Per your webinars and our coaching conversations I’ve drilled down to helping managers fix conflict in teams. It’s made blog-writing and word-of-mouth marketing much easier.
1) It depends on the opponent. Oatmeal against invading hordes, Quinoa against the Spanish Armada, and Pancakes against a Yukon snowstorm.
2) I think a waffle would be better suited to pursuing a trade. With all those deep wells, it would make a fantastic beekeeper.
3) I’m already in a fairly narrow niche helping vendors sell products and services to homeschoolers through content marketing. I’m wondering if I should niche down even more. My weakness is wanting to help them with EvErYtHiNg. I can see so many exciting angles, it’s difficult for me to focus on just one facet of their content.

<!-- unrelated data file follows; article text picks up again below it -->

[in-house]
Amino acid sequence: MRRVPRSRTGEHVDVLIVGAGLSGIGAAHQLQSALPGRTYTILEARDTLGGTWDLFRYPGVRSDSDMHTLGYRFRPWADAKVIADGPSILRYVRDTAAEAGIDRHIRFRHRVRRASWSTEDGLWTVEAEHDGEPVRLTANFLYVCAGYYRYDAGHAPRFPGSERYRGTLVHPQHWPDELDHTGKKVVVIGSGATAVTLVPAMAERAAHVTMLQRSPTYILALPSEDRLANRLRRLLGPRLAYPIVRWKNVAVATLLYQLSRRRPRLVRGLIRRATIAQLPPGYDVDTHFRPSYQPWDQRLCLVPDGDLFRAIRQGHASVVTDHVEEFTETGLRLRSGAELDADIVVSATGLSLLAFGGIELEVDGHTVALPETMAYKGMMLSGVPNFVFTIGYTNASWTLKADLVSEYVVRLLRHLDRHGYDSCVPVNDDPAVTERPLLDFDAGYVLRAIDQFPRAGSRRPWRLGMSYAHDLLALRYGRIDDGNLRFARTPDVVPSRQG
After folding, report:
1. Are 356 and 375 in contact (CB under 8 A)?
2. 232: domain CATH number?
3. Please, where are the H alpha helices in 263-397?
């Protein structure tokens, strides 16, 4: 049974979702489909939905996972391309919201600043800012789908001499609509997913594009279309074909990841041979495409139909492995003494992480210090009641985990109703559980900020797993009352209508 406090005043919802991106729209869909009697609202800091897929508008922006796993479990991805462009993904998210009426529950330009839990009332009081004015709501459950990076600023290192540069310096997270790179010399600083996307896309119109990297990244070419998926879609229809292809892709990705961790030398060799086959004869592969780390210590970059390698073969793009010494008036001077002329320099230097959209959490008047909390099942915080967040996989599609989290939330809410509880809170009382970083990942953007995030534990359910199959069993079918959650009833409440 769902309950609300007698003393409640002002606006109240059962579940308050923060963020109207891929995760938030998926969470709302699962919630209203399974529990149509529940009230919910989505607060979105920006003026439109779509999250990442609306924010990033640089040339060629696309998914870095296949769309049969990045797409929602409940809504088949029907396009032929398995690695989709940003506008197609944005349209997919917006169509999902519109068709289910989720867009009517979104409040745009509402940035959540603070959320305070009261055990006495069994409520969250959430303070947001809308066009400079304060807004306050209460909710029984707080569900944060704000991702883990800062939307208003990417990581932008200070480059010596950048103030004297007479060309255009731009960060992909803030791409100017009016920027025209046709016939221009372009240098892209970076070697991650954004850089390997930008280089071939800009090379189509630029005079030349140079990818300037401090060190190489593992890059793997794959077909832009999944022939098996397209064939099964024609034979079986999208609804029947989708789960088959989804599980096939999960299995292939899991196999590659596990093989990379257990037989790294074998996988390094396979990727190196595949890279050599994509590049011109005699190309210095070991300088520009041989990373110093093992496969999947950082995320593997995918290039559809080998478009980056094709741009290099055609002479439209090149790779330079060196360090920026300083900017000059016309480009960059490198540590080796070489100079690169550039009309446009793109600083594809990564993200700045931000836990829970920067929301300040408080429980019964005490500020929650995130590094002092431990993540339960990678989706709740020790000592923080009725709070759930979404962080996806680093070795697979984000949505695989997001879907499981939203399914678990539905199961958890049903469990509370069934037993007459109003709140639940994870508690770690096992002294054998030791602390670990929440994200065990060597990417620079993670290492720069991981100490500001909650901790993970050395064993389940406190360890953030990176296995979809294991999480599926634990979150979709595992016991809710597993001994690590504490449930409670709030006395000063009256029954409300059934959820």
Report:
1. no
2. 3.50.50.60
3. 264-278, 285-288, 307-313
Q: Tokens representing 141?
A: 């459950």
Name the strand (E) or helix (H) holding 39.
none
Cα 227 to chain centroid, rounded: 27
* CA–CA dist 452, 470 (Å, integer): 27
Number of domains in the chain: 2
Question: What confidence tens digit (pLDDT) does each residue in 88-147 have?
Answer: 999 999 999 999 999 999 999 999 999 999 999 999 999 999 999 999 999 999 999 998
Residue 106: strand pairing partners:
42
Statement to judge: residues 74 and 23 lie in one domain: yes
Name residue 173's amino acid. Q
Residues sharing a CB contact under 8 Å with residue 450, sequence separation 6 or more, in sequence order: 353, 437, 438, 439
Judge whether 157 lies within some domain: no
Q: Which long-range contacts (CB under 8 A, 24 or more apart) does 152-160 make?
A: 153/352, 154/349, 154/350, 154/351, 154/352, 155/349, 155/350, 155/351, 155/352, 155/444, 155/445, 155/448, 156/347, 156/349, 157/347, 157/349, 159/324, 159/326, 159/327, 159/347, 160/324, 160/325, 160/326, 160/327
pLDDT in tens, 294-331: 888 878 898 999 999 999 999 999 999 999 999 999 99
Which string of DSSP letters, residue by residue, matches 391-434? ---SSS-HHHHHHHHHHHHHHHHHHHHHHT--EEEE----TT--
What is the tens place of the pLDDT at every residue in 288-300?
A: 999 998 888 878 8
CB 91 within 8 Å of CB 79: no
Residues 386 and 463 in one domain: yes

You definitely know your food items.
On the niche, a key question is how much business are you getting? If you’re bringing in as much as you like and of the kind that you like, there’s no compelling reason to change. But if you’re having trouble getting enough traction, narrowing further can make a big difference.
Thank you, Michael. As I am just starting out, I don’t have too much business. I do, however, feel I should get good at one thing before I try to “do it all” even though I absolutely love helping my clients find all the different ways they can increase traffic and sales. (Enthusiastic is the most common adjective I hear.) Particularly in trying to get new clients, I wonder if I offered a specialty if I’d get more interest, instead of being rather general.
Absolutely on offering a specialty to generate more word of mouth and become “famous” for something.
Keep in mind as well that having a niche doesn’t preclude you from offering a broader range of things to people as the opportunity arises. It just means you narrow your marketing (which is not the same, necessarily, as narrowing your reality).
Thank you very much for your advice! I’m off to find my “narrow way.” 🙂
I think I’ll go with quinoa…faster than the Spanish Armada.
Bloody brilliant – “quinoa against the Spanish Armada.” Damn funny.